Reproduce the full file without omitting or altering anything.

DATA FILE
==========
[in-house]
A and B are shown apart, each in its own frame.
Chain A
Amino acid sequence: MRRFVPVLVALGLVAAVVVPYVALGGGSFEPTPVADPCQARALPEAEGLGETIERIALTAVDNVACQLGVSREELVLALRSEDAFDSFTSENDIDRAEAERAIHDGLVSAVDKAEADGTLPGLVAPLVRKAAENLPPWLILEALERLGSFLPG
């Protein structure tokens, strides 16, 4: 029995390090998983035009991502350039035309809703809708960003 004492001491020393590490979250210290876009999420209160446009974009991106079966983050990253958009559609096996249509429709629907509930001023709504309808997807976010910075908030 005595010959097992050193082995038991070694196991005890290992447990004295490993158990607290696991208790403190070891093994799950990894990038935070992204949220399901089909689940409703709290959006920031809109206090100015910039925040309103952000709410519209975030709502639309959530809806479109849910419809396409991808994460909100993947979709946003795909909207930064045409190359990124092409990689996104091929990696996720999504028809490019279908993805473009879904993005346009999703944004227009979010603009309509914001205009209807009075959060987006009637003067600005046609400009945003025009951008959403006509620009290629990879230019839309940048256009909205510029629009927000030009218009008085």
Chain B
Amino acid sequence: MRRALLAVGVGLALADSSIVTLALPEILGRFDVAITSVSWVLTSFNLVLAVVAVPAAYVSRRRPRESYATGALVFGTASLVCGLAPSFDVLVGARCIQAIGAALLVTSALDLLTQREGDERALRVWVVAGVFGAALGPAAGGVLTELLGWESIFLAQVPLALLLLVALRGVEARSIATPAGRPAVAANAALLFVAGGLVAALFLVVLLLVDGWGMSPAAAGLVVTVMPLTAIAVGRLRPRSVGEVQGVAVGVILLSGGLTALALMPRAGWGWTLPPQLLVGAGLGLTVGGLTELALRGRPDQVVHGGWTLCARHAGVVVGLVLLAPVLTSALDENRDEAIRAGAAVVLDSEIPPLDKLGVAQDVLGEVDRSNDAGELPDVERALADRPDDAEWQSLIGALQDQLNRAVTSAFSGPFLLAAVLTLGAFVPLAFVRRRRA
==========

[in-house]
A and B are shown apart, each in its own frame.
Chain A
Amino acid sequence: MRRFVPVLVALGLVAAVVVPYVALGGGSFEPTPVADPCQARALPEAEGLGETIERIALTAVDNVACQLGVSREELVLALRSEDAFDSFTSENDIDRAEAERAIHDGLVSAVDKAEADGTLPGLVAPLVRKAAENLPPWLILEALERLGSFLPG
């Protein structure tokens, strides 16, 4: 029995390090998983035009991502350039035309809703809708960003 004492001491020393590490979250210290876009999420209160446009974009991106079966983050990253958009559609096996249509429709629907509930001023709504309808997807976010910075908030 005595010959097992050193082995038991070694196991005890290992447990004295490993158990607290696991208790403190070891093994799950990894990038935070992204949220399901089909689940409703709290959006920031809109206090100015910039925040309103952000709410519209975030709502639309959530809806479109849910419809396409991808994460909100993947979709946003795909909207930064045409190359990124092409990689996104091929990696996720999504028809490019279908993805473009879904993005346009999703944004227009979010603009309509914001205009209807009075959060987006009637003067600005046609400009945003025009951008959403006509620009290629990879230019839309940048256009909205510029629009927000030009218009008085």
Chain B
Amino acid sequence: MRRALLAVGVGLALADSSIVTLALPEILGRFDVAITSVSWVLTSFNLVLAVVAVPAAYVSRRRPRESYATGALVFGTASLVCGLAPSFDVLVGARCIQAIGAALLVTSALDLLTQREGDERALRVWVVAGVFGAALGPAAGGVLTELLGWESIFLAQVPLALLLLVALRGVEARSIATPAGRPAVAANAALLFVAGGLVAALFLVVLLLVDGWGMSPAAAGLVVTVMPLTAIAVGRLRPRSVGEVQGVAVGVILLSGGLTALALMPRAGWGWTLPPQLLVGAGLGLTVGGLTELALRGRPDQVVHGGWTLCARHAGVVVGLVLLAPVLTSALDENRDEAIRAGAAVVLDSEIPPLDKLGVAQDVLGEVDRSNDAGELPDVERALADRPDDAEWQSLIGALQDQLNRAVTSAFSGPFLLAAVLTLGAFVPLAFVRRRRA